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Always sounding sick and unwanted raspiness

tatjanatatjana Posts: 12Pro
I always seem to sound sick, even when I speak.
The raspiness usually happens in the bridge area. If I sing clean (using the same technique which I sing the scales with), the notes become really weak and soft and that's not really what I'm aiming for. Is it possible that I have nodules?
Sometimes I have to push just to get any sound out of the cords and when I'm singing there's always a kind of breathy sound.

Comments

  • 2 Comments sorted by Votes Date Added
  • highmtnhighmtn Posts: 10,879Administrator, Moderator, Enrolled, Pro
    It's possible that you have nodules, but most people who are afraid that might be the case find out that they don't. For sure, get checked by a doctor if you feel that you might have them.

    You'll get a rattle, especially near the passaggio, if your throat is not kept really open wide as you go through the passaggio. The sides of the throat and back of the tongue rattle together unless you keep everything open wide enough so that they don't come together and create rattling sounds.

    We would listen to a demonstration of your raspiness if you would provide it.
  • Sorry to keep you waiting, here's a little demonstration. I'm sorry in advance for a really bad voice... Here I'm really trying to not have rasp and I sound like my nose is stuffed but its actually completely clear. I'm sitting and playing at the same time so I guess I'm not completely focused on my singing.
    https://soundcloud.com/ga-per-smrekar/glas-0051/s-a5OPE
  • highmtnhighmtn Posts: 10,879Administrator, Moderator, Enrolled, Pro
    What I hear sounds to me mostly like you are not maintaining an open throat, so you have a little bit of overtone that is essentially parts of your vocal tract touching and resonating. If you open up more, that contact can be undone. I kind of think of it as "lazy throat". I've experienced the same thing, and found that by essentially going for more of a "yawn" sensation, I can open up the throat enough to eliminate the buzzes and rattles from that kind of sound.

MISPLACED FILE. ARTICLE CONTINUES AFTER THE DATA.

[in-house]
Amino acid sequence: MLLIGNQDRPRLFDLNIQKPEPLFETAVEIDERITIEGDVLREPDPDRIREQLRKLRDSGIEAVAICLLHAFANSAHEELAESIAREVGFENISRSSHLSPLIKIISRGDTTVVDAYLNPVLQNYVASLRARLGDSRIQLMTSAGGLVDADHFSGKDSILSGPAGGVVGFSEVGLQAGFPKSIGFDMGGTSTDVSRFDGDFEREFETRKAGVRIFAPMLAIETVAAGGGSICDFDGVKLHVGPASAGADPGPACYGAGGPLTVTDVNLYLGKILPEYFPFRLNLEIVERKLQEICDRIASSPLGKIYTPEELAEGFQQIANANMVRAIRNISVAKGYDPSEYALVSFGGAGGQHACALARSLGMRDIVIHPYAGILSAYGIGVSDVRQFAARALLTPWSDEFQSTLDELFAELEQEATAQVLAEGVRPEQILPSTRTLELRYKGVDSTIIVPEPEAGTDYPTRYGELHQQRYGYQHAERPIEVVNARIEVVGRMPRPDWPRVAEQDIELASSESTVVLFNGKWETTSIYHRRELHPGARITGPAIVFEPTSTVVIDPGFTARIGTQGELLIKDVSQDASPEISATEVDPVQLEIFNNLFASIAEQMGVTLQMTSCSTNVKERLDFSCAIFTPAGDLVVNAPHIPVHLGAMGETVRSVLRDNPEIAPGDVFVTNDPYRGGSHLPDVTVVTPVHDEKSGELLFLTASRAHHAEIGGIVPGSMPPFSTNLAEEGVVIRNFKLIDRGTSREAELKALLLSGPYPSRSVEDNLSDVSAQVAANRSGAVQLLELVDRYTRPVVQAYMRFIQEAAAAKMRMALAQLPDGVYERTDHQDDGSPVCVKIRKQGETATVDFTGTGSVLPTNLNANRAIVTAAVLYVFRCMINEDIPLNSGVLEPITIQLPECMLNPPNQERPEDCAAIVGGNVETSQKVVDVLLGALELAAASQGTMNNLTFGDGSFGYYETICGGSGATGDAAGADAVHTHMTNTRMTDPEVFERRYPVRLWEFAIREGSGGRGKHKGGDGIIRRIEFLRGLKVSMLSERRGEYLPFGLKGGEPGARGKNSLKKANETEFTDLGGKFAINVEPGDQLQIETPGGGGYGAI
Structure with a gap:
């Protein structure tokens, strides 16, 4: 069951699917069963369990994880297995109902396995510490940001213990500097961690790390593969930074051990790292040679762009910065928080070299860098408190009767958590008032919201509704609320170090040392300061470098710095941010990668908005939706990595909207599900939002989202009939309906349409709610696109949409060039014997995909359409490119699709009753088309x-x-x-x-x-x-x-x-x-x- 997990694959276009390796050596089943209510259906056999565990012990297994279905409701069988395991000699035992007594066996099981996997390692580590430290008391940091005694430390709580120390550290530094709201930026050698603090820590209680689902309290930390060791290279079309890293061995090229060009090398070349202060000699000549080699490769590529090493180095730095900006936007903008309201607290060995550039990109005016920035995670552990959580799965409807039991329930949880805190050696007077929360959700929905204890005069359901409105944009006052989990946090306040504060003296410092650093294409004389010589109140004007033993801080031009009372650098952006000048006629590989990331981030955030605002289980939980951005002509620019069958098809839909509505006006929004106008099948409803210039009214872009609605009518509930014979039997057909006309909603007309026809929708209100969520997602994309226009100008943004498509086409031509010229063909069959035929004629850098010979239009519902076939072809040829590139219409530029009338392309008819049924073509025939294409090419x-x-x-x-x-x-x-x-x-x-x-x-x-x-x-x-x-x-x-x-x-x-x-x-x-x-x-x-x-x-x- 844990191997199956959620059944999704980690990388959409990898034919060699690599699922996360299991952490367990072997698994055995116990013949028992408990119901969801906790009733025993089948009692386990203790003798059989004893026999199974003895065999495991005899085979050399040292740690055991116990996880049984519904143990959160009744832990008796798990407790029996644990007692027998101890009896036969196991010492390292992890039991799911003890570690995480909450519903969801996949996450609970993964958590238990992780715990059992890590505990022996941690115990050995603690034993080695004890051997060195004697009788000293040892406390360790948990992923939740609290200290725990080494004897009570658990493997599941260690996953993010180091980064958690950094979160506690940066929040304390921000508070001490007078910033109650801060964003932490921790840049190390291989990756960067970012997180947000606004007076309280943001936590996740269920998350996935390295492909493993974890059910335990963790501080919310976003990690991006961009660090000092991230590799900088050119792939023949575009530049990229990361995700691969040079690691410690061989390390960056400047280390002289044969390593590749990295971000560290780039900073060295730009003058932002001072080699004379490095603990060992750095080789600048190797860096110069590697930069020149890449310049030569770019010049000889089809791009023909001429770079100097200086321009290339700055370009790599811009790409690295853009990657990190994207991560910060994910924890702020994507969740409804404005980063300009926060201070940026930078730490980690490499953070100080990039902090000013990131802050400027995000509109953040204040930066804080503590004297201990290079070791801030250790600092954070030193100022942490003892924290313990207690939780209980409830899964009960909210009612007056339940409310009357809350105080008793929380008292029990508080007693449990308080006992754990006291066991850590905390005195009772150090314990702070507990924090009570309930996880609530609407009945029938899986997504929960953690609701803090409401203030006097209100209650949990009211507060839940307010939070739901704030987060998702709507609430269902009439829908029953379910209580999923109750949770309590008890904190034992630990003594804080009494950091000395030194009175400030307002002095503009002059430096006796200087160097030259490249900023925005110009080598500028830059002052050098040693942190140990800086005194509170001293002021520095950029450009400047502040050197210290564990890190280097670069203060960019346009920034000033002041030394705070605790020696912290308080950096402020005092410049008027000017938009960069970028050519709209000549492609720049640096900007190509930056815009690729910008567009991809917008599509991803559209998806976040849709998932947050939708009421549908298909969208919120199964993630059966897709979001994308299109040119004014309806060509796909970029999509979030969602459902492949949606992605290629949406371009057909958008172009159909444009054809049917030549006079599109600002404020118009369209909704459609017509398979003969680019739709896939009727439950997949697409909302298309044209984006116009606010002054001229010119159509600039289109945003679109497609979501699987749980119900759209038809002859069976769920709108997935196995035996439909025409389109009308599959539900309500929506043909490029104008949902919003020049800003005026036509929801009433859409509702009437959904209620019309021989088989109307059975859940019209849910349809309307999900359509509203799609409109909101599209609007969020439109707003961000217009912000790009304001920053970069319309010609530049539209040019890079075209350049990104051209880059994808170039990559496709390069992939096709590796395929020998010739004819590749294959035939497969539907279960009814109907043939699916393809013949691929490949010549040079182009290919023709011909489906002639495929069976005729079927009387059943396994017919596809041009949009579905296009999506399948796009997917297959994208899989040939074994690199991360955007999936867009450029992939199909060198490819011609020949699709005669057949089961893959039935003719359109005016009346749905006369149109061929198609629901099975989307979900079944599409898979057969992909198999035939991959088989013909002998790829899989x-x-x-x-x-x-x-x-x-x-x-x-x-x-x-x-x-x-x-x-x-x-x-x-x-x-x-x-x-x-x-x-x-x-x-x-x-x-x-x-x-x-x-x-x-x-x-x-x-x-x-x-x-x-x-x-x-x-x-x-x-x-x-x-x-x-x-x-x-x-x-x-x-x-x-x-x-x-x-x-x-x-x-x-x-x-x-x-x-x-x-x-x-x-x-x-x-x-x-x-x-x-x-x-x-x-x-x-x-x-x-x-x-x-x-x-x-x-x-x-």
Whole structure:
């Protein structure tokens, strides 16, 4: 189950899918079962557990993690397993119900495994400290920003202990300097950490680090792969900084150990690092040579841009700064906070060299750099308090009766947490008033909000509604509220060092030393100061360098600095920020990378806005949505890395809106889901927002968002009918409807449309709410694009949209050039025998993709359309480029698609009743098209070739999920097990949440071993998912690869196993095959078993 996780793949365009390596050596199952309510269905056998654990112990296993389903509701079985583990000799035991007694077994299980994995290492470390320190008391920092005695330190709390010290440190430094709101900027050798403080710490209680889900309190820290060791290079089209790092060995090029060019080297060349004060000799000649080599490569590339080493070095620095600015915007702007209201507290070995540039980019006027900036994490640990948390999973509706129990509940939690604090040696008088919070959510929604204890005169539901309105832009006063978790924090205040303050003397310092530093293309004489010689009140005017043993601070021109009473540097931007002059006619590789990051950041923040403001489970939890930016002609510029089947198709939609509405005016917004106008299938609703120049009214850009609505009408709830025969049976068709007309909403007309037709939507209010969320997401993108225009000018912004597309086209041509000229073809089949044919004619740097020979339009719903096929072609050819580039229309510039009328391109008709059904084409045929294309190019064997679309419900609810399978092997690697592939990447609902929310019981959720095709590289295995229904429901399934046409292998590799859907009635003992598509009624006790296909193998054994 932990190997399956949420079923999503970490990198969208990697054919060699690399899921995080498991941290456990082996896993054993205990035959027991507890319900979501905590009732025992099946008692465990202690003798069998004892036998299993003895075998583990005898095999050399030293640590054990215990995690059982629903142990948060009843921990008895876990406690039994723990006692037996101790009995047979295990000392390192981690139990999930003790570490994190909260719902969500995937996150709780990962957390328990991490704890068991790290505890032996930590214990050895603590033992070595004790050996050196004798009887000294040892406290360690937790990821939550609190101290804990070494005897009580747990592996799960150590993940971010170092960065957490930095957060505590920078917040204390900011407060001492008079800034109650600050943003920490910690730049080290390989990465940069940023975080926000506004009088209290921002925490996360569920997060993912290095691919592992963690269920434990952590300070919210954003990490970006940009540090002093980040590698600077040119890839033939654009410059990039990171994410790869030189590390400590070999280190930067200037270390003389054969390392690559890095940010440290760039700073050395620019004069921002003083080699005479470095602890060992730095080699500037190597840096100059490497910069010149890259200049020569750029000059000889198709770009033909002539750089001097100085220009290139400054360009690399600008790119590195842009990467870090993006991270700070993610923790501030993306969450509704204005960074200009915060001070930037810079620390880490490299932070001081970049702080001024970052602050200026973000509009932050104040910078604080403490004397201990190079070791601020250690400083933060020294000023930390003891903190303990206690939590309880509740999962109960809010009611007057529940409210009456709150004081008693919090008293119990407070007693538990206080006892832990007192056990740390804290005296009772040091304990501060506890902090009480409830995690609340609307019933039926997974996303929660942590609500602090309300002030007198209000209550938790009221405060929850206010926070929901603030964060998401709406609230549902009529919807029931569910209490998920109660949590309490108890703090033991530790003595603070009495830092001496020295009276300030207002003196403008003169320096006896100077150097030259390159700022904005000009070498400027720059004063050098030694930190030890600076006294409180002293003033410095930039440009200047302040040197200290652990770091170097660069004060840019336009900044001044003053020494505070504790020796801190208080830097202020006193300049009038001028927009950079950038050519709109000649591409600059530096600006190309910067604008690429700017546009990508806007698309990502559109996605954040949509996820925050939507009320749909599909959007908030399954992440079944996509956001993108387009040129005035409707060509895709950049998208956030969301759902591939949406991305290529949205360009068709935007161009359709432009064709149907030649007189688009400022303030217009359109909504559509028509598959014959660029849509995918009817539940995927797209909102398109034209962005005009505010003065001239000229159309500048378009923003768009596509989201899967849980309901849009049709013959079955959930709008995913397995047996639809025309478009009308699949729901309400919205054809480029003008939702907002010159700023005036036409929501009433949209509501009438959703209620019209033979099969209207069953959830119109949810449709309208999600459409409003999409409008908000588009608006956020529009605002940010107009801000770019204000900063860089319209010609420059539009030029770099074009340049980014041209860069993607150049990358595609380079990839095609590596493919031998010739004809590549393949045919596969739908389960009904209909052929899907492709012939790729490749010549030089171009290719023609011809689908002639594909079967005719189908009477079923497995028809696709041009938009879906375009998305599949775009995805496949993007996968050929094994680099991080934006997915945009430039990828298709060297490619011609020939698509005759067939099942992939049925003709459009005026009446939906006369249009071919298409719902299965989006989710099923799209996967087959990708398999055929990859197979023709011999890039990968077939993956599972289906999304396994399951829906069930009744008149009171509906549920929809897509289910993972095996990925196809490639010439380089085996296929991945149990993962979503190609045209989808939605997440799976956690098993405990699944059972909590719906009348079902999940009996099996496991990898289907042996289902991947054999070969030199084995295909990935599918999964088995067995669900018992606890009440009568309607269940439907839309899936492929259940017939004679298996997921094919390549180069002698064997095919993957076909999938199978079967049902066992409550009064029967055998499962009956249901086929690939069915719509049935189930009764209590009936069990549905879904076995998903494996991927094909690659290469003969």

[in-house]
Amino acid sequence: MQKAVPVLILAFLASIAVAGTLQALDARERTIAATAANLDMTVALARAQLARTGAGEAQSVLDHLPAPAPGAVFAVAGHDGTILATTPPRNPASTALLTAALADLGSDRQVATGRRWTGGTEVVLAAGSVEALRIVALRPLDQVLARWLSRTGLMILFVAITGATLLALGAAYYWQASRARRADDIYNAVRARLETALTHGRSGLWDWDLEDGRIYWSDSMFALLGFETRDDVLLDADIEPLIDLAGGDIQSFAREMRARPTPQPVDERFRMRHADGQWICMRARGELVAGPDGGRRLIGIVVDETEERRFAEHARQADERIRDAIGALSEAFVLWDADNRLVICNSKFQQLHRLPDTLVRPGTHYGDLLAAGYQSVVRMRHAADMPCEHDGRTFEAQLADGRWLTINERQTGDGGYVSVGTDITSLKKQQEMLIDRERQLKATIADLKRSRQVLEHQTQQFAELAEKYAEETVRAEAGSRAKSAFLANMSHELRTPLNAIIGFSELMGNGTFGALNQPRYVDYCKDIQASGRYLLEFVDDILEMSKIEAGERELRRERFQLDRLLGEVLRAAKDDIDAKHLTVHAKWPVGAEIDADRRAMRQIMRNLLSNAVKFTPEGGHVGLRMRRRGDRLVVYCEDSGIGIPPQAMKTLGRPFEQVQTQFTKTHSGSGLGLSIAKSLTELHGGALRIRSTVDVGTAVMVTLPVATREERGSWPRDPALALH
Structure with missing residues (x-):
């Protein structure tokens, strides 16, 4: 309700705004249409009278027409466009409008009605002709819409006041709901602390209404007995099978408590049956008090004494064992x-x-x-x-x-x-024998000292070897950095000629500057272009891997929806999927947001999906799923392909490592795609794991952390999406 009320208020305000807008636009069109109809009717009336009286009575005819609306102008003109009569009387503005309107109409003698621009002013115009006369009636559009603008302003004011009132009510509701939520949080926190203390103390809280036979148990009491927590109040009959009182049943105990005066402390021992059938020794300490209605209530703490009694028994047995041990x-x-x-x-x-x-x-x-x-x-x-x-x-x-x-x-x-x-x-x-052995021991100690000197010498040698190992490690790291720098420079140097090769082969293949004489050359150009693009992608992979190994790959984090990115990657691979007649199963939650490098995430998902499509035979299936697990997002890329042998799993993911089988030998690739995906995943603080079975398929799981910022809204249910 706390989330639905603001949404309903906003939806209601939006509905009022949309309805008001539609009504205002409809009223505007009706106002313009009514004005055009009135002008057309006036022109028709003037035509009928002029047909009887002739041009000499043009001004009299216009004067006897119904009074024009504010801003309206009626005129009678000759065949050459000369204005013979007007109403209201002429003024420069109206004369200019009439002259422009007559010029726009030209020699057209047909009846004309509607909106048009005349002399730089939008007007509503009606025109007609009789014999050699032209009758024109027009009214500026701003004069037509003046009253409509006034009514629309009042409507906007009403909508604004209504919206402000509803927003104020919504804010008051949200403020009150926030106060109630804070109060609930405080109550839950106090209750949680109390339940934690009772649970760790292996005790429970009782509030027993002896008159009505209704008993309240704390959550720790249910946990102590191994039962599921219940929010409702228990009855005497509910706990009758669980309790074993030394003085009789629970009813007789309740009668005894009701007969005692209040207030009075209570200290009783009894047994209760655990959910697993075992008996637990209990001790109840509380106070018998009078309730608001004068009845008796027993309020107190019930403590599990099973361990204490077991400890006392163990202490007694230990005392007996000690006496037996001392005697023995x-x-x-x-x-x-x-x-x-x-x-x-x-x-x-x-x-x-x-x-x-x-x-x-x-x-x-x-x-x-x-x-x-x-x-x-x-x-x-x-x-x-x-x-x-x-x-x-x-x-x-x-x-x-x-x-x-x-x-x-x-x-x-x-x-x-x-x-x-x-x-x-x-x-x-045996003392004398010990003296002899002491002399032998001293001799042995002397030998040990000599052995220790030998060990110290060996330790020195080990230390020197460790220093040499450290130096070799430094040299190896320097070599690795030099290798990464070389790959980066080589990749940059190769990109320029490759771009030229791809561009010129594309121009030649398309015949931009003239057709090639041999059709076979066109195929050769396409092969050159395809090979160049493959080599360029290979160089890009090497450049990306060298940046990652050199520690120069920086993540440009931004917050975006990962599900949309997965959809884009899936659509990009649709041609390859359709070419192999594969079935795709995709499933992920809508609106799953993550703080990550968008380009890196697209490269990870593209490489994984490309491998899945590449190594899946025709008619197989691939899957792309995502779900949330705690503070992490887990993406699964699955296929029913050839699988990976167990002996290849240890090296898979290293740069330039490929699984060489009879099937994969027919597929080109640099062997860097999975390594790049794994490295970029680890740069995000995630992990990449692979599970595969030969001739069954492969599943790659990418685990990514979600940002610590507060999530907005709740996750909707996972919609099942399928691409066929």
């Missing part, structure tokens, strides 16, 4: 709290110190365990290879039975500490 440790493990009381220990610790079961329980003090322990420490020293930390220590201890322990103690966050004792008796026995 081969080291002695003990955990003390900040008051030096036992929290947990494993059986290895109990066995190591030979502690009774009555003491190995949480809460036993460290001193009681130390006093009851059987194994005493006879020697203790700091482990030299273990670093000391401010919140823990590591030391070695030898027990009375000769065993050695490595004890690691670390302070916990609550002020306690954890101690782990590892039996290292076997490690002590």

Yours is most prominent at the G4 which is probably right at your passaggio, as you are singing in full head voice up at the A and Bb.

    It's not so much that you sound "sick," it's that you need to maintain a good vocal posture and setup within your vocal tract/apparatus. If you let things be "slack" as you sing, then you open the door for looseness to create rattles. Your voice is basically a living tube, and if there are folds or junctures at imperfections in the tube that come close together, they can acoustically resonate in ways that don't promote the best sound.

    It's kind of like the guy who goes to the doctor and says "doc, when I go like this, It hurts". The doc says "Don't go like that".

    Try singing with more open-ness and with more of a "yawn" sensation, and see what does and what does not help to minimize these "distortions". I think you'll be able to get a handle on what is happening and make adjustments that will greatly reduce them. They are unique to each of us, and we need to work a bit with our own instruments to see what can get the best sound, especially on these transitional notes. We have a tendency to "gag" a bit at the passaggio. Ken tells us to keep that throat open and resist the urge to have that reflex of gagging. It can take a while to overcome.
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